Some of the most sublime works of art produced in Italy during the Middle Ages and early Renaissance related to the events surrounding the nativity of Jesus. Many of the great artists of this period such as Masaccio, Duccio, Fra Angelico, and others, used their artistic talents to produce images of the Christmas story. The demand and the need for such images must have been great and many will be seen within the galleries of the Cleveland Museum of Art.
The Nativity was a well-known theme in Christian art since the early centuries of the faith. It depicts the newborn Jesus with the Virgin Mary and often with other figures, following descriptions of Christ's birth in the Gospels and Apocrypha. The number of ancillary figures in Nativity scenes could vary considerably according to time and place and the needs of the patron, though certain figures were deemed essential.
In the art of the Middle Ages, the Nativity was often a single scene appended to others such as the Annunciation, the Adoration of the Magi, the Annunciation to the Shepherds, and the Flight into Egypt to be viewed sequentially in narrative format. At other times, artists might combine these separate events into a unified scene to convey the Christmas story which gives the biblical account of the events surrounding the birth of Jesus Christ.
In the museum's Italian Quattrocento gallery may be seen a beautiful panel painting representing the Adoration of the Magi dating to 1440-45 by Giovanni di Paolo, one of the leading painters in 15th century Siena. This small painting (about 15 x 17 inches) was once joined to others representing scenes from the life of Christ and forming a predella. A predella was a strip of small narrative paintings that ran along the base of a larger altarpiece. Our Adoration scene was formerly joined to scenes of the Annunciation and Nativity, which now survive in Washington and the Vatican. Although the main section of the altarpiece has not been identified, the Cleveland Adoration of the Magi provides a glimpse into the courtly world of 15th century Italy and the work of one of Renaissance Italy's most distinctive and highly individualized painters.
Giovanni di Paolo is first recorded in 1417 for the illumination of a manuscript for the Sienese church of San Domenico. In later years he painted several panel paintings for this same church and others in the city. Giovanni had a long career and was active from 1417 to 1482. He was influenced by many artists of his time including Gentile da Fabriano, Ambrogio Lorenzetti and Donatello. He is noted for his inventiveness and the creation of pictorial worlds bursting with charm, fairytale architecture and courtly figures. It is unknown for whom Giovanni painted his altarpiece which included Cleveland's Adoration of the Magi, though it must have been an important commission for a major church.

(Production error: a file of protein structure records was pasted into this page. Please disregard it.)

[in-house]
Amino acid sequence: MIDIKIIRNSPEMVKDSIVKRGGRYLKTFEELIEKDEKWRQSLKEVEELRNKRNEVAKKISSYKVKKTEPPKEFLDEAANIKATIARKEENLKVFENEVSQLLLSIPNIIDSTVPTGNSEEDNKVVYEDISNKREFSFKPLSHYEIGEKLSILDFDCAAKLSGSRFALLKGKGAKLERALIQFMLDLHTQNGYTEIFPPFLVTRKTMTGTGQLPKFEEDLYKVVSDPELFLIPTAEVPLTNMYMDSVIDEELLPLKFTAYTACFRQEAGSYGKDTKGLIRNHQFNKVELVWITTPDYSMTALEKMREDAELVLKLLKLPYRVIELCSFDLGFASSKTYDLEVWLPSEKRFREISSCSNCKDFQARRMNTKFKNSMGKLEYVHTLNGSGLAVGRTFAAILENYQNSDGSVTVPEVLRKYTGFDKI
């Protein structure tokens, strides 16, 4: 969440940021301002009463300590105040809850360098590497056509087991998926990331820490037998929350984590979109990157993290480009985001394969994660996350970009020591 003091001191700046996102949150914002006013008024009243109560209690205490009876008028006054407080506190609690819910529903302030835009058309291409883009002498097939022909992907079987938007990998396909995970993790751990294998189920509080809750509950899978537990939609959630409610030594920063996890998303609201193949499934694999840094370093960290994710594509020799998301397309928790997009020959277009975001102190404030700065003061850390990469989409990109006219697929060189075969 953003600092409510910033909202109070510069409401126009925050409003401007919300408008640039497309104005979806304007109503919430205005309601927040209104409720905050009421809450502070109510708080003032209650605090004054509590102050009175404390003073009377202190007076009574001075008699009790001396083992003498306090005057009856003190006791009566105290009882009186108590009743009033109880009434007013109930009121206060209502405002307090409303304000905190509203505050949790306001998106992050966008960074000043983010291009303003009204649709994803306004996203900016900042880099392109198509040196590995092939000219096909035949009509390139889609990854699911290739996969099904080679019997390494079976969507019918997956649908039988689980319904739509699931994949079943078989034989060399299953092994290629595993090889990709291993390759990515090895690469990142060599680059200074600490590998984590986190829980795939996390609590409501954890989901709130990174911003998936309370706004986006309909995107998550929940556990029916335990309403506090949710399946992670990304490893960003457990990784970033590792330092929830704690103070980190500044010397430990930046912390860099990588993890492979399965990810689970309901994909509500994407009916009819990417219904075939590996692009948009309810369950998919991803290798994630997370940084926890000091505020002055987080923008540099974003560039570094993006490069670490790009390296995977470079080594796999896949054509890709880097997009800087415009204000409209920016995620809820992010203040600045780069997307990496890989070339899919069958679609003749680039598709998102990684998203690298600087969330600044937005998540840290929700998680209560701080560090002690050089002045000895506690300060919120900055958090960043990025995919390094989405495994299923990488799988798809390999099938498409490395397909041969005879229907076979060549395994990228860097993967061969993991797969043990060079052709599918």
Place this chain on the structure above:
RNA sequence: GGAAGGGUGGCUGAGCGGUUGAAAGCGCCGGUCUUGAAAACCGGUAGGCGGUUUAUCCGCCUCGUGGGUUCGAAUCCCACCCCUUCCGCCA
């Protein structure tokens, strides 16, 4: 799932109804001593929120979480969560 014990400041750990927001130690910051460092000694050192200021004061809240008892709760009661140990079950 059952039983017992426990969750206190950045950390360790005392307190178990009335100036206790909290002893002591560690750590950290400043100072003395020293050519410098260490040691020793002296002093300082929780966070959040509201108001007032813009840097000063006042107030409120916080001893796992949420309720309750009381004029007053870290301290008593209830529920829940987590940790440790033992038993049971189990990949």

Throughout the 15th century, artists considerably expanded on the bare biblical account of the Magi, who, having found Jesus by following a star, lay gifts before him. Artists and their patrons were fascinated with this episode in the Christmas story and devoted unprecedented space to the portrayal of the Magi and the entourages accompanying them. Such paintings also provided opportunities to depict contemporary aristocratic life in its entire splendor. In his Adoration of the Magi, Giovanni focuses the viewer's attention on the Magi in their brocaded garments as they bend to honor the Christ Child. The Virgin, draped in a brilliant blue mantle, holds her infant who reaches forward to bless one of the Magi. Opposite this main group, the Magi's courtly entourage with their individual facial expressions and garments, as well as a retinue of animals, both ordinary and exotic, provides an exuberant visual feast for the viewer. The Adoration of the Magi with its rich detail so typical of Giovanni's work effectively brings to life the magic and wonderment of the Christmas story.
The Nativity, as an artistic subject and combined with other events forming the Christmas story, fundamentally represents the Incarnation of Christ. For Christians, the Incarnation represents the belief that Jesus took on a human body and nature and became both man and God. In the Bible its clearest teaching is in John 1:14: "And the Word became flesh, and dwelt among us." In the first centuries of Christianity the feast of the Epiphany, celebrating the visit of the Biblical Magi, was more important than Christmas until the 4th century.
Sacred images brought the religious experience to medieval men and women. Such images helped to bring people into contact with the divine. At Christmas in the year 1223, St. Francis, wishing to recreate the mystical atmosphere of the Nativity in Bethlehem, put on a living Nativity scene in Grecchio with the help of the local population. Everything was prepared and, that night, with authorization from Pope Honorius III, the world's first living Nativity scene was enacted. The biographer of St. Francis, Thomas of Celano, recalls that Francis stood before the manger, overwhelmed with love and filled with a wonderful happiness. For Francis, the simple celebration was meant to recall the hardships Jesus suffered even as an infant, a truly human Jesus. The living Nativity scene at Crecchio descends from a rich and vibrant tradition of interpretation of the birth of Christ by generations of medieval artists. The Adoration of the Magi by Giovanni di Paolo shows the continued relevance and charm of the Christmas story in the centuries following St. Francis. The special magic of the Christmas season was much beloved by Italians of the Renaissance and remains so today.
The Adoration of the Magi
Tempera and gold on wood panel, ca. 1440-45
Giovanni di Paolo
Italian, Siena, active 1417-1482
The Cleveland Museum of Art
Delia E. And L.E. Holden Funds 1942.536